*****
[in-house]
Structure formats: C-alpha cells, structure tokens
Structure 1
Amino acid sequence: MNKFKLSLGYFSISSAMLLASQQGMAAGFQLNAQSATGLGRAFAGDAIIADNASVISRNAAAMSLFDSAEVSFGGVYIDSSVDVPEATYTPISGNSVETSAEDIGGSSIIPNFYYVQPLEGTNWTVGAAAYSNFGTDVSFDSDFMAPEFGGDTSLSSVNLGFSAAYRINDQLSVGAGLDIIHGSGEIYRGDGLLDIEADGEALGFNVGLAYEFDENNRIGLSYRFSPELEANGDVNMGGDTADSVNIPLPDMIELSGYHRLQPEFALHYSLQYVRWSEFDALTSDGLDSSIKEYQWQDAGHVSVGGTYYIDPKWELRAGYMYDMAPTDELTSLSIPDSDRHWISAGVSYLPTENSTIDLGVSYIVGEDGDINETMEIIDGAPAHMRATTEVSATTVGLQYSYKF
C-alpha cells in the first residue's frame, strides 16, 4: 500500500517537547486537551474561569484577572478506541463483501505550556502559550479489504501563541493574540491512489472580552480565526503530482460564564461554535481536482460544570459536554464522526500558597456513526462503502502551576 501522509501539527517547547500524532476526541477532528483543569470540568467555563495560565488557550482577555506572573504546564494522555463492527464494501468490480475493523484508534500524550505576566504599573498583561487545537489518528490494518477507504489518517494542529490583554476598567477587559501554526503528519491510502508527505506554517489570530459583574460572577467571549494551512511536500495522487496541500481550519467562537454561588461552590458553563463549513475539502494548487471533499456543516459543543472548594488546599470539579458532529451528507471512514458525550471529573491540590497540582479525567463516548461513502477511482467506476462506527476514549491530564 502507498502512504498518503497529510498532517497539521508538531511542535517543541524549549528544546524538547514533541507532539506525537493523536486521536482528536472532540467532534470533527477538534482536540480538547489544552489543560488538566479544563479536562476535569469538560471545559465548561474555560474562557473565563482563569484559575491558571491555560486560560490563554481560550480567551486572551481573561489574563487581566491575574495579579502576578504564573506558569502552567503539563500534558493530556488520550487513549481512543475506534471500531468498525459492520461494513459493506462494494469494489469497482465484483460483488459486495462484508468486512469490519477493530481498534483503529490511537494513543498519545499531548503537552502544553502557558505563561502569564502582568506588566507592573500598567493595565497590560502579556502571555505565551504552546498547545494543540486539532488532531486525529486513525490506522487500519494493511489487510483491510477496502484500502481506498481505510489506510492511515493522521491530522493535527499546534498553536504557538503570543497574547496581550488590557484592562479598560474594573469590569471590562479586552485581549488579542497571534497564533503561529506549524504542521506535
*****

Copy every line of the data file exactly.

[in-house]
Structure formats: C-alpha cells, structure tokens
Structure 1
Amino acid sequence: MNKFKLSLGYFSISSAMLLASQQGMAAGFQLNAQSATGLGRAFAGDAIIADNASVISRNAAAMSLFDSAEVSFGGVYIDSSVDVPEATYTPISGNSVETSAEDIGGSSIIPNFYYVQPLEGTNWTVGAAAYSNFGTDVSFDSDFMAPEFGGDTSLSSVNLGFSAAYRINDQLSVGAGLDIIHGSGEIYRGDGLLDIEADGEALGFNVGLAYEFDENNRIGLSYRFSPELEANGDVNMGGDTADSVNIPLPDMIELSGYHRLQPEFALHYSLQYVRWSEFDALTSDGLDSSIKEYQWQDAGHVSVGGTYYIDPKWELRAGYMYDMAPTDELTSLSIPDSDRHWISAGVSYLPTENSTIDLGVSYIVGEDGDINETMEIIDGAPAHMRATTEVSATTVGLQYSYKF
C-alpha cells in the first residue's frame, strides 16, 4: 500500500517537547486537551474561569484577572478506541463483501505550556502559550479489504501563541493574540491512489472580552480565526503530482460564564461554535481536482460544570459536554464522526500558597456513526462503502502551576 501522509501539527517547547500524532476526541477532528483543569470540568467555563495560565488557550482577555506572573504546564494522555463492527464494501468490480475493523484508534500524550505576566504599573498583561487545537489518528490494518477507504489518517494542529490583554476598567477587559501554526503528519491510502508527505506554517489570530459583574460572577467571549494551512511536500495522487496541500481550519467562537454561588461552590458553563463549513475539502494548487471533499456543516459543543472548594488546599470539579458532529451528507471512514458525550471529573491540590497540582479525567463516548461513502477511482467506476462506527476514549491530564 502507498502512504498518503497529510498532517497539521508538531511542535517543541524549549528544546524538547514533541507532539506525537493523536486521536482528536472532540467532534470533527477538534482536540480538547489544552489543560488538566479544563479536562476535569469538560471545559465548561474555560474562557473565563482563569484559575491558571491555560486560560490563554481560550480567551486572551481573561489574563487581566491575574495579579502576578504564573506558569502552567503539563500534558493530556488520550487513549481512543475506534471500531468498525459492520461494513459493506462494494469494489469497482465484483460483488459486495462484508468486512469490519477493530481498534483503529490511537494513543498519545499531548503537552502544553502557558505563561502569564502582568506588566507592573500598567493595565497590560502579556502571555505565551504552546498547545494543540486539532488532531486525529486513525490506522487500519494493511489487510483491510477496502484500502481506498481505510489506510492511515493522521491530522493535527499546534498553536504557538503570543497574547496581550488590557484592562479598560474594573469590569471590562479586552485581549488579542497571534497564533503561529506549524504542521506535